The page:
“Powerful Seeds” wins 1st place conservation tech prize for reforestation project

Connections made at the INCREDIBLE seminar last February have born fruit in the shape of a grand prize to support seed dispersal via drone technology for reforestation.

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Drone for seed dispersal in Tarragona.
Photo: Lot Amorós

Dronecoria, founded by Lot Amorós of Elche, Spain, is applying drone technology for dispersion of pelletized seeds for reforestation. He and his team were awarded $20,000 for their innovative development of a seed-coating method, which is critical for their approach to large scale, low-cost direct sowing of native seeds for ecosystem restoration. Conservation X Labs is a US-based technology and innovation company that “spurs innovative solutions to stop the extinction crisis by harnessing genius solutions” from all over our planet.

Mr. Amorós who presented his project at the cross-cutting seminar Innovative Businesses and Entrepreneurship in Non-Wood Forest Products, 27 and 28 February 2020 in Barcelona, brought one of his light-weight and open-source drone models designed for the dispersion of seeds for global reforestation. Among the challenges they face is the design of the seed coat that must offer both protection from the elements and predators, and help provide nutrition for emerging seedlings. 

As he explained, the technology of seed coating is complex and highly guarded in the agri-food sector. Their goal is to formulate ingredients and methods that are reliable and open sourced for world-wide, low-cost application in direct seeding of many plant and tree species for reforestation. This will reduce costs and limitations associated with transplanting of container seedlings, and open up possibilities for landscape level restoration beyond monoculture plantations.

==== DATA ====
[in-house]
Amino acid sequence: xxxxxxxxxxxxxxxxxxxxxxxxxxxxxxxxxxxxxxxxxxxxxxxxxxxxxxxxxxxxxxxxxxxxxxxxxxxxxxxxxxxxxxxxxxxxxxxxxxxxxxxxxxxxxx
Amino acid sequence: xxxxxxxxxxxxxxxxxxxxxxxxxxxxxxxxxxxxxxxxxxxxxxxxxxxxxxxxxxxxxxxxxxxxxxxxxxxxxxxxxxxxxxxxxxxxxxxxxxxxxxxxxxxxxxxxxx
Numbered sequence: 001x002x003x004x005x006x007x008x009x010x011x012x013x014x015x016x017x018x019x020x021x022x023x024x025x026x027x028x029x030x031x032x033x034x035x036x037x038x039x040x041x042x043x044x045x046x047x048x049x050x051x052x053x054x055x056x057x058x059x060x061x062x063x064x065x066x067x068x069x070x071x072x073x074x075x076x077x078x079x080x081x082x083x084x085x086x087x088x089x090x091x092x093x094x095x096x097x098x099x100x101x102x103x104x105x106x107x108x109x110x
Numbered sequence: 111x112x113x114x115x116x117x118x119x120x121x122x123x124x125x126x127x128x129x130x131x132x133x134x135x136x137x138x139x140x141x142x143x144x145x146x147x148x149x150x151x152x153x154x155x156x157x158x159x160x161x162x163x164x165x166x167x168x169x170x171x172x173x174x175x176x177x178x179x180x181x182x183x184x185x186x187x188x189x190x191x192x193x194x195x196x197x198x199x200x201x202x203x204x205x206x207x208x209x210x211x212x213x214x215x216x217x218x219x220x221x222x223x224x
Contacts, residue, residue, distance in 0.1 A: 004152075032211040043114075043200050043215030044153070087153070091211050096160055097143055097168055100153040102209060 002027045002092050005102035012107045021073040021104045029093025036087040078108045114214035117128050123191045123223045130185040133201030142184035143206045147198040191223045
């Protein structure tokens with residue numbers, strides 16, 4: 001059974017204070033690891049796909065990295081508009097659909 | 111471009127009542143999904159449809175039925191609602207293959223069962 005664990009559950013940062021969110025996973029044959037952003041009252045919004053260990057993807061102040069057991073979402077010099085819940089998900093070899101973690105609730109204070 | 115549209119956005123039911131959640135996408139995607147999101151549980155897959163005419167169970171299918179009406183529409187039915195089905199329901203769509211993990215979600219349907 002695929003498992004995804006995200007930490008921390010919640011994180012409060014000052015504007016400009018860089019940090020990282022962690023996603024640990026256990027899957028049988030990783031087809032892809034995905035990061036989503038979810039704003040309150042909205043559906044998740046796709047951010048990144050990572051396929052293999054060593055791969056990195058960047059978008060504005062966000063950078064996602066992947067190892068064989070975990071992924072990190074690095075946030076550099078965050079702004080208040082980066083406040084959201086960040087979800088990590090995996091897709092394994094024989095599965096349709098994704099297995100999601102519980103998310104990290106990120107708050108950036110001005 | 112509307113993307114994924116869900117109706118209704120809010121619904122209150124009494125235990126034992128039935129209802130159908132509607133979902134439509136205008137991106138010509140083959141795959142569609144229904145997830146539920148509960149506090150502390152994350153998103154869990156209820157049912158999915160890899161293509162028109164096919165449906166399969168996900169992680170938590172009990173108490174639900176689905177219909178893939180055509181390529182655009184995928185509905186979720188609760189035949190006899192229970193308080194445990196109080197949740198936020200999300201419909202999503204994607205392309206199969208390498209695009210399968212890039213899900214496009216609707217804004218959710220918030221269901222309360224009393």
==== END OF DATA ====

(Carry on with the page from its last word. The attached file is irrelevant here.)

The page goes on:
The “Powerful Seeds” approach incorporates three basic technologies: 1) Priming, 2) Seed Coating and 3) Mycorrhizal Inoculation to support plant fungal symbiosis at the time of germination.

Priming of seeds to improve germination is being carried out by Daniel Calatayud of Semillistas in Granada. He experiments with priming techniques using many native seeds from the region. His work demonstrates that priming of seeds prior to direct sowing can prepare them for emergence even when rainfall is scarce. Unreliable germination and emergence are serious obstacles to direct seeding. More than 10,000 seeds were planted in the autumn of 2020 and germination has begun.

For the 2020 pilot project in the Sierra de Lujár of Andalusia, the mycorrhizal inoculations were coordinated by Christine Fischer of CTFC. Within the seed coats of Quercus seeds, spores of the summer truffle Tuber aestivum have been included. Truffle experts from La Rioja, Navarra, Soria and Catalonia have assisted in collection of truffles this past summer. Seedling survival and mycorrhizal status will be evaluated over this coming year. Stay tuned!